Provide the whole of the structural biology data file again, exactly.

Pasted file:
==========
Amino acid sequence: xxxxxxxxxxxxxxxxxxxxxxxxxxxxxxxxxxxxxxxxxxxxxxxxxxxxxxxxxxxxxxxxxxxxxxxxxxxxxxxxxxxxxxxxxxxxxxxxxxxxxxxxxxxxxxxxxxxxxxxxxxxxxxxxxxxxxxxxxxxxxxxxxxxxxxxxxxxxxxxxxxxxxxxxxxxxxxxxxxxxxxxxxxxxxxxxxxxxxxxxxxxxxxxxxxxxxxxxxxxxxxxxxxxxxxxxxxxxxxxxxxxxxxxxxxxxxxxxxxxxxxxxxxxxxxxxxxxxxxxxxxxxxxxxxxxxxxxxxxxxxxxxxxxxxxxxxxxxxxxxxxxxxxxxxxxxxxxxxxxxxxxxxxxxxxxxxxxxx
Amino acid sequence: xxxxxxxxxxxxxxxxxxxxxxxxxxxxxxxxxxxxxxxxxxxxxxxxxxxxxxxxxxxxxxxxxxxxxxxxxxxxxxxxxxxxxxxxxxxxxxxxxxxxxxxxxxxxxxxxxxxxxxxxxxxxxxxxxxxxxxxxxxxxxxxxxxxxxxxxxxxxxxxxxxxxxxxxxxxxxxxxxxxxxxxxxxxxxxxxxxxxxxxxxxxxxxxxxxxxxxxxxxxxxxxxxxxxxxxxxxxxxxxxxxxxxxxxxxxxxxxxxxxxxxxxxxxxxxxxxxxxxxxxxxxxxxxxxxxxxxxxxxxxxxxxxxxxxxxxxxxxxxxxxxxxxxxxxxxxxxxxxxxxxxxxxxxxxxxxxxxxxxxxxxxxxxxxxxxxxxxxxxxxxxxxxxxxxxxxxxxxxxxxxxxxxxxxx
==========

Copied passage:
Amino acid sequence: xxxxxxxxxxxxxxxxxxxxxxxxxxxxxxxxxxxxxxxxxxxxxxxxxxxxxxxxxxxxxxxxxxxxxxxxxxxxxxxxxxxxxxxxxxxxxxxxxxxxxxxxxxxxxxxxxxxxxxxxxxxxxxxxxxxxxxxxxxxxxxxxxxxxxxxxxxxxxxxxxxxxxxxxxxxxxxxxxxxxxxxxxxxxxxxxxxxxxxxxxxxxxxxxxxxxxxxxxxxxxxxxxxxxxxxxxxxxxxxxxxxxxxxxxxxxxxxxxxxxxxxxxxxxxxxxxxxxxxxxxxxxxxxxxxxxxxxxxxxxxxxxxxxxxxxxxxxxxxxxxxxxxxxxxxxxxxxxxxxxxxxxxxxxxxxxxxxxx
Amino acid sequence: xxxxxxxxxxxxxxxxxxxxxxxxxxxxxxxxxxxxxxxxxxxxxxxxxxxxxxxxxxxxxxxxxxxxxxxxxxxxxxxxxxxxxxxxxxxxxxxxxxxxxxxxxxxxxxxxxxxxxxxxxxxxxxxxxxxxxxxxxxxxxxxxxxxxxxxxxxxxxxxxxxxxxxxxxxxxxxxxxxxxxxxxxxxxxxxxxxxxxxxxxxxxxxxxxxxxxxxxxxxxxxxxxxxxxxxxxxxxxxxxxxxxxxxxxxxxxxxxxxxxxxxxxxxxxxxxxxxxxxxxxxxxxxxxxxxxxxxxxxxxxxxxxxxxxxxxxxxxxxxxxxxxxxxxxxxxxxxxxxxxxxxxxxxxxxxxxxxxxxxxxxxxxxxxxxxxxxxxxxxxxxxxxxxxxxxxxxxxxxxxxxxxxxxxx